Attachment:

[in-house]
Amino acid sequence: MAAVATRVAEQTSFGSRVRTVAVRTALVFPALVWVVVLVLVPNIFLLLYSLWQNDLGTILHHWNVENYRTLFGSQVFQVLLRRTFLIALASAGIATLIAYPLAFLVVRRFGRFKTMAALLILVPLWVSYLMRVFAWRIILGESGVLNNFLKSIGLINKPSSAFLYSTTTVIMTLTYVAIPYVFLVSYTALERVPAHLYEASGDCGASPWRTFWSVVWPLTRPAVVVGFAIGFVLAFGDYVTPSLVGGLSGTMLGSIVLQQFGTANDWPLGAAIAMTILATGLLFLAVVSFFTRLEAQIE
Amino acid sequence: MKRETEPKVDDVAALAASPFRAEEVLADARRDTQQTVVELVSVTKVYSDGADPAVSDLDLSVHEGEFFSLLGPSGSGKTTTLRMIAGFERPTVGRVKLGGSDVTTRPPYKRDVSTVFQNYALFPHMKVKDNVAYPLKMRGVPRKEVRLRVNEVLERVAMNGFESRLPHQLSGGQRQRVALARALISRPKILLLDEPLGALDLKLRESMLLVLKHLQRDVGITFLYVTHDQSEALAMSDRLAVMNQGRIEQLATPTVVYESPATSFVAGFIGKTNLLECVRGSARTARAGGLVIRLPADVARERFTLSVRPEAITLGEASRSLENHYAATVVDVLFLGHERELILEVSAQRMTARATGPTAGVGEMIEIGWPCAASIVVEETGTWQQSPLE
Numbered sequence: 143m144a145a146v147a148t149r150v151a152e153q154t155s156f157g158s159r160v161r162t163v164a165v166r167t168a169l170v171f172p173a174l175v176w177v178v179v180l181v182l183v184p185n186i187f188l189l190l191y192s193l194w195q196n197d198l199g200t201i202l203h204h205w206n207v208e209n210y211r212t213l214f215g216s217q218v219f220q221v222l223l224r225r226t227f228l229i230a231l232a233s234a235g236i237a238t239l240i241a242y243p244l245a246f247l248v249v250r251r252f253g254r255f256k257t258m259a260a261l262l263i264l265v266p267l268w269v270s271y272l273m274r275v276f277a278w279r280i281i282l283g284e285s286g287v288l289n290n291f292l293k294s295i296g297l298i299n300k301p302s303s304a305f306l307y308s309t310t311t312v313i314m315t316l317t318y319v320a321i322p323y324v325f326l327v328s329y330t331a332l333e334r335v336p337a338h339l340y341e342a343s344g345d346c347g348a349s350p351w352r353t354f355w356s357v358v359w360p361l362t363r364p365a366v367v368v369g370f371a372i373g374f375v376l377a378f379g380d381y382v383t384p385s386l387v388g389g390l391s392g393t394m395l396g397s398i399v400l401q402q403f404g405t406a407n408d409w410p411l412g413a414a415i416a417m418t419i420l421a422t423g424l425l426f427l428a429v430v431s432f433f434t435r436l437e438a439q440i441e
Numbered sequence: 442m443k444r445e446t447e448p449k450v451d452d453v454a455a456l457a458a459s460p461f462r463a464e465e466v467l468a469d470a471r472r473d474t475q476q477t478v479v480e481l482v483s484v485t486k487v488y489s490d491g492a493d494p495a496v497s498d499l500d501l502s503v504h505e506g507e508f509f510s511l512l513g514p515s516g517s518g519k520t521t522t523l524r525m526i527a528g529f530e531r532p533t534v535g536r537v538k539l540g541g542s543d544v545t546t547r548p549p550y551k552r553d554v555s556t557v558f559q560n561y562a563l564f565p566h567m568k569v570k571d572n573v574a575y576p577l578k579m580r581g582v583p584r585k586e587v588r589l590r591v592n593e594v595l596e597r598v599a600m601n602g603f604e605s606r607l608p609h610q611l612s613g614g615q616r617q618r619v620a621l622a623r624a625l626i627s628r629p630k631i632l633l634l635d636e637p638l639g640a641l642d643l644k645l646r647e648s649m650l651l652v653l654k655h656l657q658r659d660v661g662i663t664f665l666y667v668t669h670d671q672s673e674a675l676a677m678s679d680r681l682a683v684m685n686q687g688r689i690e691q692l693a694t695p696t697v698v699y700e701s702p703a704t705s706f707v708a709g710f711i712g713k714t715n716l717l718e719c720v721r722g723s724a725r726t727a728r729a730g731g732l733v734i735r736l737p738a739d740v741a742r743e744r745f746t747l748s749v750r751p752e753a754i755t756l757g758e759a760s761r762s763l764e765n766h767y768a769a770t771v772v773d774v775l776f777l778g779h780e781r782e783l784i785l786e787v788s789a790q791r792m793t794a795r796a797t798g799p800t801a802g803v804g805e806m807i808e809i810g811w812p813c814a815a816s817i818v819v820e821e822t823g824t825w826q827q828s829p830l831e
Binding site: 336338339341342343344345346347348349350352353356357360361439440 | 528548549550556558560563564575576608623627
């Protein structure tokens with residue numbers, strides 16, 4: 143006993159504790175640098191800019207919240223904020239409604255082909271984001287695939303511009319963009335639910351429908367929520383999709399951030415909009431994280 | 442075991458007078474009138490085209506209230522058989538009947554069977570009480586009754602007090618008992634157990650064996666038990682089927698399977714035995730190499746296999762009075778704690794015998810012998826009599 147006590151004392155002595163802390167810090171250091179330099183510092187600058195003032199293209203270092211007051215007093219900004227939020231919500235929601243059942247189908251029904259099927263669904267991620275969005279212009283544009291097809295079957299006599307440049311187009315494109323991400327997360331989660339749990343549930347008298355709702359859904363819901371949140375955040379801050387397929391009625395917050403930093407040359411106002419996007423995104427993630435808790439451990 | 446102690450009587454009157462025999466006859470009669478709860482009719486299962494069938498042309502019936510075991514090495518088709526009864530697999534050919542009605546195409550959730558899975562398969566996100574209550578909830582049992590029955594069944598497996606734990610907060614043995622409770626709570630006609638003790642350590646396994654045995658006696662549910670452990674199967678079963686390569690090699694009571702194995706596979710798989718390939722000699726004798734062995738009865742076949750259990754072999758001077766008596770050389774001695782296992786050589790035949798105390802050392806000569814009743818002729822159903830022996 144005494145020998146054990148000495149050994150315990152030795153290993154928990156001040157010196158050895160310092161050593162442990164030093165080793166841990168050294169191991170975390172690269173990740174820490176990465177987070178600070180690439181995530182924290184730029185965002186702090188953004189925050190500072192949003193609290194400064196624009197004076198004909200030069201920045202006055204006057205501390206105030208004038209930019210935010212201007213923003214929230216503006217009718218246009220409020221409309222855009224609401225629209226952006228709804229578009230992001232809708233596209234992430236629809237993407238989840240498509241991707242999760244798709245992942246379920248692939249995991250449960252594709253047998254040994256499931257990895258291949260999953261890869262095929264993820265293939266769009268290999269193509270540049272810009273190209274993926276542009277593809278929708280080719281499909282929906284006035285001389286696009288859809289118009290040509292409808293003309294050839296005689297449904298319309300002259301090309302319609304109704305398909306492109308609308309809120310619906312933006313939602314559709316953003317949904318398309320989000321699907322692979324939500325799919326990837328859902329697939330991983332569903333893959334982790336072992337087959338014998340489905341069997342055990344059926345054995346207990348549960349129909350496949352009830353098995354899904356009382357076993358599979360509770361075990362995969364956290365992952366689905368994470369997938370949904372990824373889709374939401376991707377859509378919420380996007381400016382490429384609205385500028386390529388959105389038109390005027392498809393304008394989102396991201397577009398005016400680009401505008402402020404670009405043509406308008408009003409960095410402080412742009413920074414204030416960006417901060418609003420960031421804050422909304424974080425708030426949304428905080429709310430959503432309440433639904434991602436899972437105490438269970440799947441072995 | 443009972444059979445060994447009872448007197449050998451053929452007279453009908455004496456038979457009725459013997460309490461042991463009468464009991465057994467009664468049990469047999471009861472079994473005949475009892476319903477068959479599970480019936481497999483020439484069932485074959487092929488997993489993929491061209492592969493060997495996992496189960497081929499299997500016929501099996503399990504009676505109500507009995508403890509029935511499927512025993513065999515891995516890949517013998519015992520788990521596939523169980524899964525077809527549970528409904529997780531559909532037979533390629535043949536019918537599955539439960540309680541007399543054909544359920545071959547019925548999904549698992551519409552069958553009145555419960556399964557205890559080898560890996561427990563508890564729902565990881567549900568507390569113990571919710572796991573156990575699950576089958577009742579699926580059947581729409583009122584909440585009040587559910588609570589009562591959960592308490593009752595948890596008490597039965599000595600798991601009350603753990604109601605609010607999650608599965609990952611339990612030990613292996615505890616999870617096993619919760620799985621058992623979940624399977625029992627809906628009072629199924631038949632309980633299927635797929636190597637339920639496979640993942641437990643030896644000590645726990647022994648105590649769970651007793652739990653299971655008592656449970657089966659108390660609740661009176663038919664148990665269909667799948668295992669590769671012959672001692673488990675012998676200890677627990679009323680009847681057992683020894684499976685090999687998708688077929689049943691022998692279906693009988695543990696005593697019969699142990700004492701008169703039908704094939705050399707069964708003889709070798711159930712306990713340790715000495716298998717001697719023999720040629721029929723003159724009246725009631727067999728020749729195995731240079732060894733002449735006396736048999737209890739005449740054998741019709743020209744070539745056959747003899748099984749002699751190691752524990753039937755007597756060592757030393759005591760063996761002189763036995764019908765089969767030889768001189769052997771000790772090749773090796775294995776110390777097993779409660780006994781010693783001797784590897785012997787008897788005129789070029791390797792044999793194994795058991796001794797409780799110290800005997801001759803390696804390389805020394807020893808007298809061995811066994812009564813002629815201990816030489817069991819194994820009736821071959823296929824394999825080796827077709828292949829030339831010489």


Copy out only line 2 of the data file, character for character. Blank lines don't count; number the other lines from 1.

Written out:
Amino acid sequence: MAAVATRVAEQTSFGSRVRTVAVRTALVFPALVWVVVLVLVPNIFLLLYSLWQNDLGTILHHWNVENYRTLFGSQVFQVLLRRTFLIALASAGIATLIAYPLAFLVVRRFGRFKTMAALLILVPLWVSYLMRVFAWRIILGESGVLNNFLKSIGLINKPSSAFLYSTTTVIMTLTYVAIPYVFLVSYTALERVPAHLYEASGDCGASPWRTFWSVVWPLTRPAVVVGFAIGFVLAFGDYVTPSLVGGLSGTMLGSIVLQQFGTANDWPLGAAIAMTILATGLLFLAVVSFFTRLEAQIE